September 28, 2014: Traveling By Air With Your Pet

~by Susi Pittman

Air travel for your pet can be daunting, dangerous and stressful for your pet, especially if your pet is traveling as baggage or live cargo.

Although awareness to the rough way animals are handled during commercial flights has caused some change for good, animals are still being killed, injured or lost. I personally have NEVER and will NEVER fly my pets! In these days of high-alert security, the comfort of your pet does not rank high on any employees list, no matter what the sales pitch.

The Humane Society of the United States urges pet owners to consider alternative ways to travel with pets, unless you must absolutely fly. In that case, it is best if your pet is a small cat or dog and can join you in the cabin area in a properly approved container. Your pet however, cannot have an offensive odor or annoy other passengers.

If you must fly a larger animal, you have two options to consider. First, you may fly it as “accompanied baggage.” This is where your pet travels in the cargo hold alongside your checked luggage. The second option is to transport your pet as a “live animal” cargo shipment. Your pet can travel through regular cargo channels or special expedited delivery services. Pets in the cargo system are transported in the same pressurized holds as those in the checked-baggage system. Contact your airline directly to determine the best option for you and your pet and do it well in ADVANCE to insure that you understand what is required of you and risks that may exist for your pet…extreme stress, injury and possible death.

Check with your veterinarian to be sure that your pet is fit to travel. Some dogs and cats do not fly well because they may have difficulty breathing even under normal conditions. Your veterinarian can advise you about the pros and cons of flying your pet. You will need a health certificate provided by your veterinarian, issued no more than seven to 10 days prior to departure.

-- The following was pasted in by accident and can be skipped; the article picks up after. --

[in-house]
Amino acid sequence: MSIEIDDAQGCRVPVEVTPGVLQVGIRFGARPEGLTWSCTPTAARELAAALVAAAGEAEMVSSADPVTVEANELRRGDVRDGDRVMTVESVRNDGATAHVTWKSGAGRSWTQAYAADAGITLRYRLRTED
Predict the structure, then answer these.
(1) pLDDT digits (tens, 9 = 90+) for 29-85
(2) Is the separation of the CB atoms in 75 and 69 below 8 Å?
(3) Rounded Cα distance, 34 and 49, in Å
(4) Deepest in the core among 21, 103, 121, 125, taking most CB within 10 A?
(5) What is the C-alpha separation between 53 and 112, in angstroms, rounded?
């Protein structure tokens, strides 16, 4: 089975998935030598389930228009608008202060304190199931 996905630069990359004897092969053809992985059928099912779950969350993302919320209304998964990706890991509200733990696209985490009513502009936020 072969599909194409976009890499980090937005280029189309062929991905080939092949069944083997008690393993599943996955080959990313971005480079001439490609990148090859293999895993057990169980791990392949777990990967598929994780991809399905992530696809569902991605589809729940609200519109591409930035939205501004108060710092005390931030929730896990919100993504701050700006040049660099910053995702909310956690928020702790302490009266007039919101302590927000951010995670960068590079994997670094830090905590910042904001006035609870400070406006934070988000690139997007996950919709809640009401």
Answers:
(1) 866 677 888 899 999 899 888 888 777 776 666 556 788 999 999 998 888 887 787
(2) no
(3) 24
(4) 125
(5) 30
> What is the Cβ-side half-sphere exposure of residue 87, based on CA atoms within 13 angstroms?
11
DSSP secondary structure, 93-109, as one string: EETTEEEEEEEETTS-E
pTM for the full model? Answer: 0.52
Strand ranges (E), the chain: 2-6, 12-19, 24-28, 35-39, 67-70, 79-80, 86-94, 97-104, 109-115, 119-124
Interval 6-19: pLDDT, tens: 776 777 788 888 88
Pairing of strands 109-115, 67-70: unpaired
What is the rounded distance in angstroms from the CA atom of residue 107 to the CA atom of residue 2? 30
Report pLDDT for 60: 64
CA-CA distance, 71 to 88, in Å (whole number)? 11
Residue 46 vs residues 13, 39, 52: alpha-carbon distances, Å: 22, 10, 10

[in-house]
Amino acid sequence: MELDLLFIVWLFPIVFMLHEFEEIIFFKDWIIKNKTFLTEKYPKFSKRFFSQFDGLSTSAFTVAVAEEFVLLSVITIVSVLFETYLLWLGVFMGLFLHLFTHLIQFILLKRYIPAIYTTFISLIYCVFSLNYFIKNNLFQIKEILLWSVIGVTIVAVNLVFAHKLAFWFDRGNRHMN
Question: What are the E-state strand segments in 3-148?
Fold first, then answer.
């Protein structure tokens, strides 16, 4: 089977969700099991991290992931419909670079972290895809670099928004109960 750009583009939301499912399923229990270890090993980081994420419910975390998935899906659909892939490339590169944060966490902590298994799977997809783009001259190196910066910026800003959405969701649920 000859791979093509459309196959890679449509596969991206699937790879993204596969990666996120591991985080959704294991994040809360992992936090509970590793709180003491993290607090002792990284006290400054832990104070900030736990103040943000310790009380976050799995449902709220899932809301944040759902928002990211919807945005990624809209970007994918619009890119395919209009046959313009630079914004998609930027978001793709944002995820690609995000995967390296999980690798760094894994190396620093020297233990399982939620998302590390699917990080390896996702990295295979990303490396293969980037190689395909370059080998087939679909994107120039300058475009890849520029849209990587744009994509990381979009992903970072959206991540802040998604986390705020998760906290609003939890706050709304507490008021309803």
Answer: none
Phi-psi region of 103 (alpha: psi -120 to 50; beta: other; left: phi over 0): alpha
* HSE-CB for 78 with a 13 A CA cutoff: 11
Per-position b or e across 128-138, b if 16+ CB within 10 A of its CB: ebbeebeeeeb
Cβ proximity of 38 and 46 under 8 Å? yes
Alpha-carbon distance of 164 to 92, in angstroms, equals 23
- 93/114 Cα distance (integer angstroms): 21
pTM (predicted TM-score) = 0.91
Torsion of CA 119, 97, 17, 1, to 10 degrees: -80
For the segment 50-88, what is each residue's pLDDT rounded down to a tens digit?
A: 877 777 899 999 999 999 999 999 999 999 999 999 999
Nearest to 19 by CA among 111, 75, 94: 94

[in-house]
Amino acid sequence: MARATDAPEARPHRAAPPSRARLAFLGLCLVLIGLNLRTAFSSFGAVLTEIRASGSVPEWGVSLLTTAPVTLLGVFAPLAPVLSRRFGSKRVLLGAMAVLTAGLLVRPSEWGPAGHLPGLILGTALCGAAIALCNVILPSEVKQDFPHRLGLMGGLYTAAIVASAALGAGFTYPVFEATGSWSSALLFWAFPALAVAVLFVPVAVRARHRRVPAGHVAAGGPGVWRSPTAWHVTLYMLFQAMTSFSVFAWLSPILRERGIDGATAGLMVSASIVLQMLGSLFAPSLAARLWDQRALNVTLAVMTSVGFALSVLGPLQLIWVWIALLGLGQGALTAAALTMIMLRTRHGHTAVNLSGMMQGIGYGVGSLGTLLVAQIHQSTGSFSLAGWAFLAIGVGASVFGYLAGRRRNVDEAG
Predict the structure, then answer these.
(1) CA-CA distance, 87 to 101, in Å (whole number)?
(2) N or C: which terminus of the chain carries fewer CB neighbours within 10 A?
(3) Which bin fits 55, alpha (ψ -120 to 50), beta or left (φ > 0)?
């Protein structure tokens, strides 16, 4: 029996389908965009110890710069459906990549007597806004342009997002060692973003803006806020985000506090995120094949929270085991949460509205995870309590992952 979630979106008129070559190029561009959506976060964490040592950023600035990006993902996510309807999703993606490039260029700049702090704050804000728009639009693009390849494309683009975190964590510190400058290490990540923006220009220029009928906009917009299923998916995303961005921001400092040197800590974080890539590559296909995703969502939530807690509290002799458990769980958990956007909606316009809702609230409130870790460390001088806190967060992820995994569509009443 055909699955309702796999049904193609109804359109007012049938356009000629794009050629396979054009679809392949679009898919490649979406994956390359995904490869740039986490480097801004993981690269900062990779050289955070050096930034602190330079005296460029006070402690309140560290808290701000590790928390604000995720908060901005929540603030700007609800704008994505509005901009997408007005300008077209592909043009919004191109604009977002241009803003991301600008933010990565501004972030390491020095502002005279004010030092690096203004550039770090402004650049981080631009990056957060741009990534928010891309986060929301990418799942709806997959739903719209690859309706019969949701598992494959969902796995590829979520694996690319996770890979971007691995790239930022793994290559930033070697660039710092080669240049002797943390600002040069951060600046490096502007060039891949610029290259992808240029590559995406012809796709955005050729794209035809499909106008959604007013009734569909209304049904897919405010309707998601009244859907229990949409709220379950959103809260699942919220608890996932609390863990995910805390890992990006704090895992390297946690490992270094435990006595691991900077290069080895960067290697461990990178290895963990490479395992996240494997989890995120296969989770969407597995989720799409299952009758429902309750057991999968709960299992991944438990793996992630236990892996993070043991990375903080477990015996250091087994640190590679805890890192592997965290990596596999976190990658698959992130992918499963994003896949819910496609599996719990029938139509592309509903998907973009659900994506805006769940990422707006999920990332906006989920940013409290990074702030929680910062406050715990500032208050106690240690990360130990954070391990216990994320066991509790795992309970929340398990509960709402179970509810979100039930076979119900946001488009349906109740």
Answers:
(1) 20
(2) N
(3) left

If your pet must fly as cargo, here are some necessary tips to consider:

  • Secure a travel i.d. label on your carrier with your name, permanent address and telephone number, final destination, and where you or a contact person can be reached as soon as the flight arrives
  • Use a direct flight
  • Always travel on the same flight as your pet
  • Consider traveling at non-peak times as your pet will be subject to less rough handling, and traveling early morning or late evenings in the summer and afternoons in the winter, will help to secure a more tolerable temperature range
  • Do not feed your pet six hours before travel only small amounts of water or ice.
  • Carry a current photo
  • Make the crew aware that your pet is traveling in cargo
  • Make sure you get to your pet immediately upon arrival at your destination

Your pets well being should be your utmost concern. You are the one ultimately that will make the decision to fly your pet, take the time to educate yourself, investigate each airline’s rules and plan responsibly. To not do so, could jeopardize the health and even the life of your pet family member.

Susi Pittman is founder of and Owner-President of Twin Oaks Publishing; she is author of Animals in Heaven? Catholics Want to Know!; an advocate for the Florida Catholic Conference; a member of the St. Joseph’s Catholic Council of Women in Jacksonville, Florida; an Associate of the Sisters of St. Joseph, St. Augustine;a member of the Florida Publishers Association, Independent Book Publishers Association, the National Association of Professional Women, the ASPCA, the Humane Society of the United States and the National Audubon society.

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